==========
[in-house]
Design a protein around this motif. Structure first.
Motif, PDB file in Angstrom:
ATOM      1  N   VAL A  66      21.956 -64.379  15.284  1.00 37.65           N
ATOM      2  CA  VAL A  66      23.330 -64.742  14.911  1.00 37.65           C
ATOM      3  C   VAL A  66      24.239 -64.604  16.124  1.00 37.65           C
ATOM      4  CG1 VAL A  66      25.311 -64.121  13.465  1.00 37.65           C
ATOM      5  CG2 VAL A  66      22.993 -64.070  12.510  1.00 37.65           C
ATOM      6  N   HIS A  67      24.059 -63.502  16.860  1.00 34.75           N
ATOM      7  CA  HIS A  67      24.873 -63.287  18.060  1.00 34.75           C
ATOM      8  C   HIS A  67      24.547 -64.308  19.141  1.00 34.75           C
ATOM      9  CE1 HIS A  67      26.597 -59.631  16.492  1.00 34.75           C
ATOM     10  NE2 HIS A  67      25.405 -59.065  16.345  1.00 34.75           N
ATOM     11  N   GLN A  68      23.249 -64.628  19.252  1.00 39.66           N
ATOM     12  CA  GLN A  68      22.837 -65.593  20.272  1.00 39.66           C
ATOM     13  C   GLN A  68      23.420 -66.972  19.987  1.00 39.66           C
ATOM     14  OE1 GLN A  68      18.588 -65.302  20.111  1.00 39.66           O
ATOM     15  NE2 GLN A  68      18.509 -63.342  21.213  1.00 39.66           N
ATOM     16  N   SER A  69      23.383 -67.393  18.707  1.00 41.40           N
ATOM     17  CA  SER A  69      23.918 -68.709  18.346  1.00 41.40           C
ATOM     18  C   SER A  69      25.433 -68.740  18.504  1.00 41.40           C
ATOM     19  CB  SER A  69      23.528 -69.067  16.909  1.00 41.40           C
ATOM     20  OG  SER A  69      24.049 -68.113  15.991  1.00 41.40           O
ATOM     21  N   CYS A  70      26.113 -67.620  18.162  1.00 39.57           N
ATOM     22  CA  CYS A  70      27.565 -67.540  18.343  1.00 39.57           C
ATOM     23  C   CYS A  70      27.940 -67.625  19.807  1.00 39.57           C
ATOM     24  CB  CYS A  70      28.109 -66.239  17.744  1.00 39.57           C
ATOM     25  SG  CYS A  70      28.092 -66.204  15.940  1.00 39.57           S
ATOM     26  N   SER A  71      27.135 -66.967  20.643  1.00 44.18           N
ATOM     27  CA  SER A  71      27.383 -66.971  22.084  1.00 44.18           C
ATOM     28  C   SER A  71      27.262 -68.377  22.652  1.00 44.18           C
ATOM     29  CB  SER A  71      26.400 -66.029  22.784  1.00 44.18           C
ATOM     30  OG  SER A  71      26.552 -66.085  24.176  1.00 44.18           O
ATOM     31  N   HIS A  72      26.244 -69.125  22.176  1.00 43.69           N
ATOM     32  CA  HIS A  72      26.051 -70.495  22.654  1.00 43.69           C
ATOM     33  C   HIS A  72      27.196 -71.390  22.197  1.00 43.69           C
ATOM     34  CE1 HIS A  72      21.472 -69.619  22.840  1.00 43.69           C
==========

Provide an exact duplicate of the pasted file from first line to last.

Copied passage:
[in-house]
Design a protein around this motif. Structure first.
Motif, PDB file in Angstrom:
ATOM      1  N   VAL A  66      21.956 -64.379  15.284  1.00 37.65           N
ATOM      2  CA  VAL A  66      23.330 -64.742  14.911  1.00 37.65           C
ATOM      3  C   VAL A  66      24.239 -64.604  16.124  1.00 37.65           C
ATOM      4  CG1 VAL A  66      25.311 -64.121  13.465  1.00 37.65           C
ATOM      5  CG2 VAL A  66      22.993 -64.070  12.510  1.00 37.65           C
ATOM      6  N   HIS A  67      24.059 -63.502  16.860  1.00 34.75           N
ATOM      7  CA  HIS A  67      24.873 -63.287  18.060  1.00 34.75           C
ATOM      8  C   HIS A  67      24.547 -64.308  19.141  1.00 34.75           C
ATOM      9  CE1 HIS A  67      26.597 -59.631  16.492  1.00 34.75           C
ATOM     10  NE2 HIS A  67      25.405 -59.065  16.345  1.00 34.75           N
ATOM     11  N   GLN A  68      23.249 -64.628  19.252  1.00 39.66           N
ATOM     12  CA  GLN A  68      22.837 -65.593  20.272  1.00 39.66           C
ATOM     13  C   GLN A  68      23.420 -66.972  19.987  1.00 39.66           C
ATOM     14  OE1 GLN A  68      18.588 -65.302  20.111  1.00 39.66           O
ATOM     15  NE2 GLN A  68      18.509 -63.342  21.213  1.00 39.66           N
ATOM     16  N   SER A  69      23.383 -67.393  18.707  1.00 41.40           N
ATOM     17  CA  SER A  69      23.918 -68.709  18.346  1.00 41.40           C
ATOM     18  C   SER A  69      25.433 -68.740  18.504  1.00 41.40           C
ATOM     19  CB  SER A  69      23.528 -69.067  16.909  1.00 41.40           C
ATOM     20  OG  SER A  69      24.049 -68.113  15.991  1.00 41.40           O
ATOM     21  N   CYS A  70      26.113 -67.620  18.162  1.00 39.57           N
ATOM     22  CA  CYS A  70      27.565 -67.540  18.343  1.00 39.57           C
ATOM     23  C   CYS A  70      27.940 -67.625  19.807  1.00 39.57           C
ATOM     24  CB  CYS A  70      28.109 -66.239  17.744  1.00 39.57           C
ATOM     25  SG  CYS A  70      28.092 -66.204  15.940  1.00 39.57           S
ATOM     26  N   SER A  71      27.135 -66.967  20.643  1.00 44.18           N
ATOM     27  CA  SER A  71      27.383 -66.971  22.084  1.00 44.18           C
ATOM     28  C   SER A  71      27.262 -68.377  22.652  1.00 44.18           C
ATOM     29  CB  SER A  71      26.400 -66.029  22.784  1.00 44.18           C
ATOM     30  OG  SER A  71      26.552 -66.085  24.176  1.00 44.18           O
ATOM     31  N   HIS A  72      26.244 -69.125  22.176  1.00 43.69           N
ATOM     32  CA  HIS A  72      26.051 -70.495  22.654  1.00 43.69           C
ATOM     33  C   HIS A  72      27.196 -71.390  22.197  1.00 43.69           C
ATOM     34  CE1 HIS A  72      21.472 -69.619  22.840  1.00 43.69           C